To the editor:
In your April 11 article, “CCSD’s initial graduation rate claims proven inaccurate,” it’s true that we made a mistake in giving a preliminary graduation rate based on the data we had at the time, only to discover last week that we did not have complete information.
However, I believe the tone of the story will leave your readers with the impression that the graduation initiative we embarked upon in 2011 did not work. Not only is this not true, it would be a mistake to diminish the great work that occurred last year by our high school principals, teachers, counselors, attendance officers, support staff, community members and business leaders.
During the 2011-12 academic year, the state of Nevada changed its method of computing graduation rates to more accurately reflect the number of students graduating in four years. This change created challenges for the Clark County School District, as it has an antiquated student information system and high transiency rates.
With the new method of computing graduation rates, we had a larger student cohort that began in the fall of 2008 than we anticipated. The final result is a graduation rate of 61.59 percent, which although higher than the previous year, was lower than our projections. It should be noted that without the additional 5,000 students who were helped last year, graduation rates for 2012 would have dropped below 50 percent.
In May 2011, the school district launched a graduation initiative to focus on the nearly 10,000 incoming seniors who were at risk of not graduating on time. Students were identified, individual academic plans were created and resources were strategically aligned to increase student supports. Business leaders, community members and district staff came together to find solutions to keep more students in school. What resulted was the largest number of graduates in this district’s history, graduating 15,296 students out of 20,000 seniors. The fact of the matter is we were able to reverse the decline in graduation rates. More importantly, the existing culture, which has historically tolerated children dropping out, began to shift to one of higher expectations.
I can’t emphasize the importance of this last point too much. Does this mean the Clark County School District is where it needs to be? No, but it does mean that it’s on the right track.
It’s incumbent upon the Washoe County School District and Clark County School District to continue on our path of reforms. We’re the two largest school districts in Nevada, making up more than 90 percent of the students in our state, therefore it’s our responsibility to continue to improve graduation rates and ensure our children can be meaningful contributors to our communities.
The writer, former deputy superintendent of the Clark County School District, is superintendent of the Washoe County School District.
To the editor:
I reside in Arizona but have worked in the casinos of Laughlin for the past 23 years. Assembly Bill 166, as written, would allow the state of Nevada to charge all residents of Arizona who work in the casinos of Laughlin an annual fee of $150 per vehicle, just to have the ability to get to work (Tuesday Review-Journal editorial). In my household, that would cost my wife and I $300 per year, because we both work in Laughlin. Assembly Bill 166 is taxation without representation, and it has passed at the committee level.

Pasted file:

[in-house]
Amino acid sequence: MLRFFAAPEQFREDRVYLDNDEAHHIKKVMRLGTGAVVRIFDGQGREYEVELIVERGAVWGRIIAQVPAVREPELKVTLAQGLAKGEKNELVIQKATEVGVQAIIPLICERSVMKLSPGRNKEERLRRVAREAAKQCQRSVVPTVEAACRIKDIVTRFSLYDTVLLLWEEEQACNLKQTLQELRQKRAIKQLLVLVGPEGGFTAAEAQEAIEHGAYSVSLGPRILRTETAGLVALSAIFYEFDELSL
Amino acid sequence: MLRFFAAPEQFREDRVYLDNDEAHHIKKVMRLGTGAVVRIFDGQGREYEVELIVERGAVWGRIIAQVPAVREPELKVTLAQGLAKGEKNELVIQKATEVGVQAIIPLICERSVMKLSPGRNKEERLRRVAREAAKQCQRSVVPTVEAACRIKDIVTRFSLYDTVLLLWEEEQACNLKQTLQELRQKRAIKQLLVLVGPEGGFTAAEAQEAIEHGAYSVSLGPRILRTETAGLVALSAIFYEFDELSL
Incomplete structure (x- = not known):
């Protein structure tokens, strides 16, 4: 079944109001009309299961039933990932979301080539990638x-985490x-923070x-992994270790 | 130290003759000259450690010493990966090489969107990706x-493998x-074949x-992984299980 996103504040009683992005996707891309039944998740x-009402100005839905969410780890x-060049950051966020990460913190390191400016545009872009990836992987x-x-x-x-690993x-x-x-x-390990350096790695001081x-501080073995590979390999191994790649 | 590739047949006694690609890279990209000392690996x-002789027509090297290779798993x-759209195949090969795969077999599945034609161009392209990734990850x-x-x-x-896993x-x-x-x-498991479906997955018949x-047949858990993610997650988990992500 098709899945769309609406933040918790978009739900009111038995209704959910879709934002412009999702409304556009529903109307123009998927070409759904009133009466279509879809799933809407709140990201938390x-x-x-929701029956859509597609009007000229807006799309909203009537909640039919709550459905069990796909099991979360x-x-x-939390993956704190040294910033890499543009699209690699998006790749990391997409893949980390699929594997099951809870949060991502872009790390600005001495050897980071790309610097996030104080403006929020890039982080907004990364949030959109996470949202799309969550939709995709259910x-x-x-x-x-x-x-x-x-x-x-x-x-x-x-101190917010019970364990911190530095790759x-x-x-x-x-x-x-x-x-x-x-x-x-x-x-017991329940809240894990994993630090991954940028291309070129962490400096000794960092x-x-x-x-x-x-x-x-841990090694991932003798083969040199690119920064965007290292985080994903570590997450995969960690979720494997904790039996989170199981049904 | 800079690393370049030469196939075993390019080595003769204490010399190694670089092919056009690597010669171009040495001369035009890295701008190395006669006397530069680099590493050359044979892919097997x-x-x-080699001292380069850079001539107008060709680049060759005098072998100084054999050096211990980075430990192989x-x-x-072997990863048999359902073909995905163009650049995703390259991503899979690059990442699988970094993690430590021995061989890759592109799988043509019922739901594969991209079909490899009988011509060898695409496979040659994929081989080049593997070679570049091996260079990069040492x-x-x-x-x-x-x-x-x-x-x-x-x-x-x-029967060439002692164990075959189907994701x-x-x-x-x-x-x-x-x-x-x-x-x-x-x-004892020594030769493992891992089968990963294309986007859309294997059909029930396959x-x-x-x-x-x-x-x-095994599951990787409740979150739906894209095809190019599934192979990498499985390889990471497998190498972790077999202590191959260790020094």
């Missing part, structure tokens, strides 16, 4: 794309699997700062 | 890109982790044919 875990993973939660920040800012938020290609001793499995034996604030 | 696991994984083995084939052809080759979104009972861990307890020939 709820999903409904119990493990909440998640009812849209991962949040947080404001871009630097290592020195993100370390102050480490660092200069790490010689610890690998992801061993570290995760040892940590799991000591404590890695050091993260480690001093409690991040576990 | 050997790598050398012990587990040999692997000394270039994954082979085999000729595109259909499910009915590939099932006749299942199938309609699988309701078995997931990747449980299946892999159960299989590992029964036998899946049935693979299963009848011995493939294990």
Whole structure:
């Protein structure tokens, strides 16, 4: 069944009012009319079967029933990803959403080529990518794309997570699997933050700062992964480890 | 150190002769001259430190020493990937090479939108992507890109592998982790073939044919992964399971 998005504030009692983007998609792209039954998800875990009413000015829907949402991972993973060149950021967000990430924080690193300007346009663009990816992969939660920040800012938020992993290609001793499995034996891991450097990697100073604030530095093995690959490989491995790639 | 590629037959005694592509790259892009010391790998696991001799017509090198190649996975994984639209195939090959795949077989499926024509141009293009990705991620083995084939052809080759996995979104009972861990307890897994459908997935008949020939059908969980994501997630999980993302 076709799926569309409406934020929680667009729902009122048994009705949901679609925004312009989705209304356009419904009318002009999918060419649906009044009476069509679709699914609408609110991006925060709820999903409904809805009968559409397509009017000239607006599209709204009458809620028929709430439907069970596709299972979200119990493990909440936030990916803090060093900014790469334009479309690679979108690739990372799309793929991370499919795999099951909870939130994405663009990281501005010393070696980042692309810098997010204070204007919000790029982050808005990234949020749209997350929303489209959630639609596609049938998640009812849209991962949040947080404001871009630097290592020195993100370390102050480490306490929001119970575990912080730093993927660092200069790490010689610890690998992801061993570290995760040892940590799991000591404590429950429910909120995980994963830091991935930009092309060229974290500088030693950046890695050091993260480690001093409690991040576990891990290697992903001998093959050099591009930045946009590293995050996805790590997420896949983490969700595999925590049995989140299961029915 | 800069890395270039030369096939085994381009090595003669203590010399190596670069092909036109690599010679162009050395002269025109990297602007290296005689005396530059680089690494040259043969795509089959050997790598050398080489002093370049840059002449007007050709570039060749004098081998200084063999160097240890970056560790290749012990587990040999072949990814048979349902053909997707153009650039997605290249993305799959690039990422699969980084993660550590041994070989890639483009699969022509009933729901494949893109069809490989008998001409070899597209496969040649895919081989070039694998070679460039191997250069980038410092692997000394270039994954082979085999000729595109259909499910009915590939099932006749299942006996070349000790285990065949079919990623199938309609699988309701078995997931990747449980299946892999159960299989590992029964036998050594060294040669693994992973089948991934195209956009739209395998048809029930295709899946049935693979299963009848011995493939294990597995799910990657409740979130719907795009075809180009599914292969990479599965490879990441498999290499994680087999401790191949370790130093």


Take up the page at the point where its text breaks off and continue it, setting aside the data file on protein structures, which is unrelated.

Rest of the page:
The passing of AB 166 would cause quite a hardship on many of the employees in Laughlin. Tip-related income has dropped dramatically, in step with the revenues of the casinos. Many employees are hired into part-time positions so they will not receive benefits. I have 23 years of experience as a dealer and manager, never terminated, and I just accepted a part-time job because that is all there is for me. I would like to add that my two previous jobs were also only part-time.
Recently, the city of Bullhead City and Clark County made an agreement to use Bullhead City firefighters and equipment in Laughlin, in order to save Nevada money. Now the state wants to take advantage of the struggling employees of this city. How unfair. It must be easy to vote on a bill that may generate an estimated $6.8 million to $7.4 million per year, when the people who are affected by the passing of such legislation have absolutely no legal recourse, or even the ability to vote against the lawmakers who favor AB 166.
I urge Nevada lawmakers to vote no on AB 166. It is both unfair and unenforceable. The employees of Laughlin casinos deserve better. We should not be required to pay $150 annually for the right to get to our jobs.
Golden Valley, Ariz.
Guns save lives
To the editor:
The April 10 column by Thomas Sowell, “The many times guns save lives,” contained numerous specious claims, but the most ridiculous was his assertion that if “guns cost more lives than they save, we can always repeal the Second Amendment.” As Mr. Sowell must know, the repealing of a constitutional amendment requires more than a pencil eraser. It’s a prolonged process requiring a two-thirds vote by both congressional houses and ratification by two-thirds of the states.
Further, how could anyone ever determine with any degree of accuracy whether there are more deaths caused by criminals with guns than deaths prevented by law-abiding citizens with guns? The actual number of deaths caused by criminals using guns can be accurately determined by counting the number of victims. In contrast, if a law-abiding person with a gun intervenes and stops the criminal, the actual number of deaths prevented by the intervention can never be accurately determined because it entails an attempt to prove a negative — i.e., if the criminal hadn’t been stopped, then X number of people might have been killed. It has little weight.